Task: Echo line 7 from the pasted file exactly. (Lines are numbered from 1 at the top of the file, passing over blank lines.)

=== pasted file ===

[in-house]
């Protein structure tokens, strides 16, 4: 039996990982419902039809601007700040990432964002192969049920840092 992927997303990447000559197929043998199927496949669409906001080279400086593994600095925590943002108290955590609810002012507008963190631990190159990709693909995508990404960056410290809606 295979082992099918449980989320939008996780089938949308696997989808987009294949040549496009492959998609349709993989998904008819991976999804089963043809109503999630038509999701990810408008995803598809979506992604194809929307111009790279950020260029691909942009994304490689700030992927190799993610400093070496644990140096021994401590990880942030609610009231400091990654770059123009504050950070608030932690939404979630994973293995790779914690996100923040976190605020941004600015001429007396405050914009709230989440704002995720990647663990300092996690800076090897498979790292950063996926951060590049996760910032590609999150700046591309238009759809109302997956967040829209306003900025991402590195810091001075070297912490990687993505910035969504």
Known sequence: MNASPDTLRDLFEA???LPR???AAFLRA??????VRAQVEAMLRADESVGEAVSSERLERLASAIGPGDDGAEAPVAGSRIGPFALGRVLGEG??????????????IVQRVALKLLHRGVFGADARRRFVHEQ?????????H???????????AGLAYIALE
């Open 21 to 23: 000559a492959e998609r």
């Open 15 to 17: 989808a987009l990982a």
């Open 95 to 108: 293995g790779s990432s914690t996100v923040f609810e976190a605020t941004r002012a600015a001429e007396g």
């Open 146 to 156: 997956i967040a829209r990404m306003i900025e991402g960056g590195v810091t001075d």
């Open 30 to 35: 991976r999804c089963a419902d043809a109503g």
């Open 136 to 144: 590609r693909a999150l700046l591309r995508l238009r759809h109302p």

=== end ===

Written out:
């Open 146 to 156: 997956i967040a829209r990404m306003i900025e991402g960056g590195v810091t001075d």